When to Use Ice | When to Use Heat

When you have an injury, it can be challenging to decide when to use ice and when to use heat. You should generally use ice for acute injuries or pain and heat for muscle pain or stiffness. You can also use ice and heat together if you ice first and heat later. 

At REACH Rehab, we provide holistic chiropractic care to help relieve pain and treat the source of your pain. 

When to Use Heat for Muscle Pain

Heat can help improve circulation and blood flow to a specific part of the body. This helps to relieve discomfort, increase muscle flexibility, and relax tense muscles. 

There are several specific instances when you might want to apply heat, such as: 

  • Lingering injuries older than six weeks 
  • Before stretching and exercising 
  • Arthritis pain 
  • Calming neck spasms before they turn into headaches 
  • After icing for muscle strains and sprains 
  • Tendonosis (a chronic condition caused by a degenerating tendon) 

You should not treat certain injuries with heat, such as open wounds and bruised or swollen injuries. Those with certain pre-existing conditions should not use heat to treat injuries. 

When to Use Ice for Swelling and Inflammation

People often think ice reduces swelling and inflammation. However, it doesn’t actually reduce inflammation; it just changes the pain level. 

Ice helps with pain levels by reducing blood flow and nerve activity and providing a numbing effect for pain relief. 

You should use ice for acute injuries that result in pain. Specific injuries to help you decide when to use ice include: 

  • Acute injuries
  • Gout flare-ups 
  • Headaches and migraines 
  • Muscle strains and sprains (follow with heat) 
  • Tendonitis: inflammation of tendons caused by repetitive activity 

If you have poor circulation or a sensory disorder that keeps you from feeling sensations you should find a different treatment. 

How Long to Leave the Heat or Ice on for Maximum Benefit

Heat and ice can cause burns, skin damage, tissue damage, and nerve damage if you apply them for too long. or directly on the skin. For minor stiffness, use heat for 15-20 minutes, then take a 20-minute break. 

Apply ice for 20 to 30 minutes, then remove it for 10 minutes. Repeat this process every hour up to four times a day.

What Are Some Other Ways to Ease Muscle Pain and Swelling Without Heat or Ice?

Heat and ice aren’t great ways to treat injuries and pain. If you’re experiencing lingering pain, chiropractic care or massage therapy can be a beneficial addition to your current ice and heat treatment.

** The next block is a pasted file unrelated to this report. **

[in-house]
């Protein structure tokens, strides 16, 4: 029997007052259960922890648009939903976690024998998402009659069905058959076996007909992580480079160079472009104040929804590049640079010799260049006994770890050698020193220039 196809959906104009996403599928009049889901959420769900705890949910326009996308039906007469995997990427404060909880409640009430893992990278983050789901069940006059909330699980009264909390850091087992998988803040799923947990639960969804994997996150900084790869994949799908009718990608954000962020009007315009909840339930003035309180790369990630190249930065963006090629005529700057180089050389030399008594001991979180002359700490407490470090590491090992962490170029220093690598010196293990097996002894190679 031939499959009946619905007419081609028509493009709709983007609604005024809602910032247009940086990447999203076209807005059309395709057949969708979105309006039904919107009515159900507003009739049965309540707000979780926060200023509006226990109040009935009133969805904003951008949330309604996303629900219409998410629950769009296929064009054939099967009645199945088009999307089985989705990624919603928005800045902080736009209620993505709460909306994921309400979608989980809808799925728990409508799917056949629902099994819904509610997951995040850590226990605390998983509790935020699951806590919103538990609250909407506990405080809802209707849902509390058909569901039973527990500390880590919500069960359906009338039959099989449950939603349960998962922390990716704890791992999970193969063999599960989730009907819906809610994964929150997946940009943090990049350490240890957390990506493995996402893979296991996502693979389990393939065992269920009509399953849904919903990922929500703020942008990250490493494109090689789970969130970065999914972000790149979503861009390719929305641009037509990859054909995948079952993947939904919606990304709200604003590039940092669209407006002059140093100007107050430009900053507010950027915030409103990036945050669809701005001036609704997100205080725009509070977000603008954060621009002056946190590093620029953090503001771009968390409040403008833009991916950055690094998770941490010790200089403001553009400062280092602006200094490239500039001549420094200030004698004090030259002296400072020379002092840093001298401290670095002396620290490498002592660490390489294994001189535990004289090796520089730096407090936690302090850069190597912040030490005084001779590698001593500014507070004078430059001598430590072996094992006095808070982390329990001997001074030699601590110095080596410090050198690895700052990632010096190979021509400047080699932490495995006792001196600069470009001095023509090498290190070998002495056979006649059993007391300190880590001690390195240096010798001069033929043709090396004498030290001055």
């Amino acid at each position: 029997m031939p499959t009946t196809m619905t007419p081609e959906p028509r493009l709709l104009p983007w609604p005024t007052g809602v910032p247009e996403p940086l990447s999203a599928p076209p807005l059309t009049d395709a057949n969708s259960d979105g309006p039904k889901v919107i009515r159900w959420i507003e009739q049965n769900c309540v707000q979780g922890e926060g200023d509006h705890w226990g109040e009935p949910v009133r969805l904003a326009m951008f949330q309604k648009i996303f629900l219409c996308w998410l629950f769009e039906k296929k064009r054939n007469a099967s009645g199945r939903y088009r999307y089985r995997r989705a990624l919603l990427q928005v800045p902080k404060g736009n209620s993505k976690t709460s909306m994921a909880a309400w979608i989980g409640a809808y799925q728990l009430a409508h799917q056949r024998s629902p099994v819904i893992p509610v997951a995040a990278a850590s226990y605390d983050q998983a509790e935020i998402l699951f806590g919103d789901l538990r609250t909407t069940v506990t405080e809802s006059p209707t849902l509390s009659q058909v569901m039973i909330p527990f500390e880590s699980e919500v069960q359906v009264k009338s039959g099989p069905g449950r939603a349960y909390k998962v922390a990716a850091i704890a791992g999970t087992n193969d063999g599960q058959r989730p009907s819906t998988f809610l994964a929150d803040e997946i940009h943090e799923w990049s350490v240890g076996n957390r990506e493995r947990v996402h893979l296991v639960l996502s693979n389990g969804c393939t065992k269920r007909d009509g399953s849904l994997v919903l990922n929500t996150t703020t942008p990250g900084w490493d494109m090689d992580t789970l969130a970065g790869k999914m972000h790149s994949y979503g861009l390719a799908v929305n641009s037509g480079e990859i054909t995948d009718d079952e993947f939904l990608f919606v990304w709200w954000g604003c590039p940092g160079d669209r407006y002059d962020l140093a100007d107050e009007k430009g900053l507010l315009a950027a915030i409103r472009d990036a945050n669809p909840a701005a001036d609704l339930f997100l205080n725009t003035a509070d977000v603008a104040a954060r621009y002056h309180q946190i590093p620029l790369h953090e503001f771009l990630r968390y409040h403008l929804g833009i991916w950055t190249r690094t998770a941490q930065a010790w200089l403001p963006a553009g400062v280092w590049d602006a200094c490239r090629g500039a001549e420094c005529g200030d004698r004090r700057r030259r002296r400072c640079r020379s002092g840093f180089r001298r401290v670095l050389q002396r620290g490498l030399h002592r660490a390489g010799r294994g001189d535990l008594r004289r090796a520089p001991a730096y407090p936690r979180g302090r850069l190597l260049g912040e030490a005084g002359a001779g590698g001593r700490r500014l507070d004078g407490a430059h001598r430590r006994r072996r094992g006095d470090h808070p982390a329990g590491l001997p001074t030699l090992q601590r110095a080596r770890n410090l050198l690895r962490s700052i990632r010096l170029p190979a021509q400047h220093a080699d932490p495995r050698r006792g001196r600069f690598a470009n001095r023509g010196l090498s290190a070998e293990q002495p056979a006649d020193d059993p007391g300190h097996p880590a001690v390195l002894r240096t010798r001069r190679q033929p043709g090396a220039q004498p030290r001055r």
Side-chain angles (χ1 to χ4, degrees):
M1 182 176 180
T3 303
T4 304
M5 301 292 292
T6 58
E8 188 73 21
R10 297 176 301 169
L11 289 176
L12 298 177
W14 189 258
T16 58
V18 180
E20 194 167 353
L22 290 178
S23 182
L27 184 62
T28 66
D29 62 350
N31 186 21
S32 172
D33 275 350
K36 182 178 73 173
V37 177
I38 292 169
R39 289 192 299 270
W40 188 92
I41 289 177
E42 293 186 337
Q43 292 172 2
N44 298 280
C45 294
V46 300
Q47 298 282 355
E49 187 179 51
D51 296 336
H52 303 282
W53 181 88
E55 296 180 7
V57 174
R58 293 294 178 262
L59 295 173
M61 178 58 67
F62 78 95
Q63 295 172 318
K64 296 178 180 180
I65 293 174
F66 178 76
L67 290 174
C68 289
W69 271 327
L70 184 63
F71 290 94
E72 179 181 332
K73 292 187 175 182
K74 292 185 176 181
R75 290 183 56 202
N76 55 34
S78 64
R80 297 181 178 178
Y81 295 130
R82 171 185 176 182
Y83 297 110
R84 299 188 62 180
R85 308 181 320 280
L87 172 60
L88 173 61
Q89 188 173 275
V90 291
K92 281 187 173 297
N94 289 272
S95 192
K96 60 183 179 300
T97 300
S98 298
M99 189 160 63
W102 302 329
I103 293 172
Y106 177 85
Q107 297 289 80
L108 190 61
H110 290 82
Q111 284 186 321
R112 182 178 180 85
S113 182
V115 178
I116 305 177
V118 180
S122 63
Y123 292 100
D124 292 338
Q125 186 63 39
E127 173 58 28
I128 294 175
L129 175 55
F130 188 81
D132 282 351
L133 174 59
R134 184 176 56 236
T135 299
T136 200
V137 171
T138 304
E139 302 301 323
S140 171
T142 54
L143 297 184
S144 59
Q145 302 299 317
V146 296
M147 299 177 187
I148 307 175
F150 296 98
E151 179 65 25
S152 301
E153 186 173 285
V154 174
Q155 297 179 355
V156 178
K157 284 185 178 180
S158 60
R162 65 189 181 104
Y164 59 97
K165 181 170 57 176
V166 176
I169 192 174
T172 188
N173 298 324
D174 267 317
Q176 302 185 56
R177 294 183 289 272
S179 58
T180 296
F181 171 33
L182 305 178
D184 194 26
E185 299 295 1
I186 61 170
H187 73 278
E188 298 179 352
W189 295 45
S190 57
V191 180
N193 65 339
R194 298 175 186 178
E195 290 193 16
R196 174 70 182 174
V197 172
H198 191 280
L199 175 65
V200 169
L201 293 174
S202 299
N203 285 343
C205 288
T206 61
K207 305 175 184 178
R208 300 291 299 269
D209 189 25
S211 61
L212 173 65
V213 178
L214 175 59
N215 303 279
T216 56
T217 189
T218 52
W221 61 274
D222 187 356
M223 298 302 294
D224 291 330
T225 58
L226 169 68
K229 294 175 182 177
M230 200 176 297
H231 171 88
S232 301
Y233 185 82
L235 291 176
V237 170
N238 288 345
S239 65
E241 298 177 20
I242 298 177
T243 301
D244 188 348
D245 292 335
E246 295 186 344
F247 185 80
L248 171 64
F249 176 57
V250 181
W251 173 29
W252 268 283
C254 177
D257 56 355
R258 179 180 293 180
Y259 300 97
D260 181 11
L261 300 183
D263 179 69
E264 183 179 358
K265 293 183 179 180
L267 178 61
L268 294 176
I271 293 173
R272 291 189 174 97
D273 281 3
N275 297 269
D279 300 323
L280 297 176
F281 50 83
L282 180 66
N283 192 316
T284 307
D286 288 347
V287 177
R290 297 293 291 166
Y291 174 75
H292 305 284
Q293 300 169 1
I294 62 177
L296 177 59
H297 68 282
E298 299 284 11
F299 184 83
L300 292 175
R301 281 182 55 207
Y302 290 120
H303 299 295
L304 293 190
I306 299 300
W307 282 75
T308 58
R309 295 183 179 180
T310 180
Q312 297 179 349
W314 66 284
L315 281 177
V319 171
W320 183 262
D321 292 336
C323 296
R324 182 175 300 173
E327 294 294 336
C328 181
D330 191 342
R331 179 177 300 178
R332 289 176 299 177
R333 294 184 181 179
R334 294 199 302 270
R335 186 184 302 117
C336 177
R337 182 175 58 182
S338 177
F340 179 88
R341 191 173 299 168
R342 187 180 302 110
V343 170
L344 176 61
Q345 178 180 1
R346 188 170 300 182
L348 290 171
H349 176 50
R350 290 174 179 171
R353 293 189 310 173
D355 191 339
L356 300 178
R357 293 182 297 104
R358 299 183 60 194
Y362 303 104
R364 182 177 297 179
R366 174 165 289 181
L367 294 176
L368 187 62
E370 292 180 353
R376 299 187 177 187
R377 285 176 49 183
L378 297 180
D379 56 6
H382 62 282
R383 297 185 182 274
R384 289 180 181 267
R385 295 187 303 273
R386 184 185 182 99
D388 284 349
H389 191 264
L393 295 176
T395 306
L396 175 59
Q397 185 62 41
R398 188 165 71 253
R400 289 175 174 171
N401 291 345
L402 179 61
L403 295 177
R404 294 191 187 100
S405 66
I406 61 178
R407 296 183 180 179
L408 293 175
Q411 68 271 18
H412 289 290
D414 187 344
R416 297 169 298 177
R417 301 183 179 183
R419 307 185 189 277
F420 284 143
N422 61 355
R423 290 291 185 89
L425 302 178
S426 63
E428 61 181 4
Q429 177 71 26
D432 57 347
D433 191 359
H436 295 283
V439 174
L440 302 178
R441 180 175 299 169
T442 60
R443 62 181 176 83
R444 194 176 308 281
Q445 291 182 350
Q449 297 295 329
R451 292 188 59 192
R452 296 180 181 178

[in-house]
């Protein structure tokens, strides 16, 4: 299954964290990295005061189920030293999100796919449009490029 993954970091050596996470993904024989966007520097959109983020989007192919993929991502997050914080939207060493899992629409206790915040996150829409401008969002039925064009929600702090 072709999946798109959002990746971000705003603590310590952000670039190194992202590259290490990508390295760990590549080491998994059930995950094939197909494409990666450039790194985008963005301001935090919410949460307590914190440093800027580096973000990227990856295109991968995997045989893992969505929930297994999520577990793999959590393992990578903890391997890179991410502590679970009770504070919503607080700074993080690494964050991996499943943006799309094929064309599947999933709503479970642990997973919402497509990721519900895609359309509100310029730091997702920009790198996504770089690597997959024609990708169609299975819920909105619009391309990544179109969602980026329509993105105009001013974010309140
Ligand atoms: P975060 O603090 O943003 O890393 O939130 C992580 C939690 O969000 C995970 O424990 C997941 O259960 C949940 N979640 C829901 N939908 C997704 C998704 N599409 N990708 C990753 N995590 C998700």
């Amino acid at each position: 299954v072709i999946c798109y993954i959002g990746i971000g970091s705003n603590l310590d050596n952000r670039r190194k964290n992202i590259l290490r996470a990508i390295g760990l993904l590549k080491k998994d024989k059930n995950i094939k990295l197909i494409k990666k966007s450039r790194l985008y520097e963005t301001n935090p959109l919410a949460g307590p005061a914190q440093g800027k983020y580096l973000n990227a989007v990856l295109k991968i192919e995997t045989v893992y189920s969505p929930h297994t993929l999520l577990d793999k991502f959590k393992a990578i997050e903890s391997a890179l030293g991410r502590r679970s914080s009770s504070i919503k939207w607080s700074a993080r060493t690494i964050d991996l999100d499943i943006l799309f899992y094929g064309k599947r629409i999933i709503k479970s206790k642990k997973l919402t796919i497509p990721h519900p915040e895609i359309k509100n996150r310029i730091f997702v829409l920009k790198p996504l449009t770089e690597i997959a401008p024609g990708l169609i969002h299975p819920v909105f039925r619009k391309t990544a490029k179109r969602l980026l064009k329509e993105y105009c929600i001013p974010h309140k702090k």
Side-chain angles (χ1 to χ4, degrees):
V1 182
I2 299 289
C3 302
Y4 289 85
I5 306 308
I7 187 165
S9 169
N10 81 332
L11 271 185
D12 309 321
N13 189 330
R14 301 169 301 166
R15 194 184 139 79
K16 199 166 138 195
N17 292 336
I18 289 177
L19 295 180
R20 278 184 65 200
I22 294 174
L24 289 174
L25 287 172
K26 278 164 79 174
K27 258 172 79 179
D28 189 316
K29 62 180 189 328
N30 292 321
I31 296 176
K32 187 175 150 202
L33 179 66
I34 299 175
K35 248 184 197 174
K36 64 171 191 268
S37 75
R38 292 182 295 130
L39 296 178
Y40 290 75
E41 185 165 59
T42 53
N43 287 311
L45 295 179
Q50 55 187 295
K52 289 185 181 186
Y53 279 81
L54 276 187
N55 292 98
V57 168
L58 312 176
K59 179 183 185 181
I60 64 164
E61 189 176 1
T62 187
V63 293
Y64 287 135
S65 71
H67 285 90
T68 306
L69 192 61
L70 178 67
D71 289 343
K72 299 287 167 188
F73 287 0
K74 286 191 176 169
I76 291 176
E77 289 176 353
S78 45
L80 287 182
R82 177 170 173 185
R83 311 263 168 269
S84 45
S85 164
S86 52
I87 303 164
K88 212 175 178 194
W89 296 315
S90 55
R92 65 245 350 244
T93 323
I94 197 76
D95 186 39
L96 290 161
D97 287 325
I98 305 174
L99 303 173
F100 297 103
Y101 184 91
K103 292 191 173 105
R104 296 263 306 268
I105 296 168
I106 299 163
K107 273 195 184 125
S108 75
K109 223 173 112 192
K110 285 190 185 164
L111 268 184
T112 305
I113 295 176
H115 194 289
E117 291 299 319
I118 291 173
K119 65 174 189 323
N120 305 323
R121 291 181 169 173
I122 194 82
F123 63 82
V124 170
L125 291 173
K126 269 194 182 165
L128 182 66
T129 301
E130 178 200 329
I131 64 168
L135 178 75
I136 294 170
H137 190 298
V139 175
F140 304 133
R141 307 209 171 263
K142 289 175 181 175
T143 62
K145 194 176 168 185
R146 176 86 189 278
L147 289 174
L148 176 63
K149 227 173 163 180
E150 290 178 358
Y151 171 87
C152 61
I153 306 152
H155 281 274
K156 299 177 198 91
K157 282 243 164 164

If you sustain a new injury or your pain from an existing injury won’t go away after a week, schedule an appointment with our chiropractors or massage therapist for more treatment options. 

Which is Better, Heat or Ice

Both heat and ice can reduce pain levels. However, they don’t heal injuries by themselves, so you should make your comfort level your priority. 

Think about your personal preferences and whether you respond better to heat or ice. Use whatever makes you most comfortable, and remember that different injuries require different treatment methods. For headaches, a cool compress on the forehead can relieve your pain. For joint pain, however, a heating pad can be more effective. 

Tips for Using Heat and Ice Safely and Effectively

Follow these tips for using heat and ice safely: 

  1. Never apply any source of cold or heat directly to your skin.  
  2. Use a bag of frozen vegetables rather than an ice pack to better shape it around an injury. 
  3. Remove a heating pad if it feels too warm. 
  4. Remove the ice if you can’t feel the cold in that area anymore.

At REACH Rehab, we can inform you about your options and let you know when to use ice or heat. We also provide chiropractic and massage services to relieve the source of your pain and help you live a pain-free life. Book a consultation or contact us directly at 734-530-9134 today! 

Chiropractic Treatment

Hands-on, holistic, and customized approach to relieving muscle, joint, and nerve pain.

Massage Therapy

Goal-oriented bodywork for sustainable changes in pain, posture, and flexibility.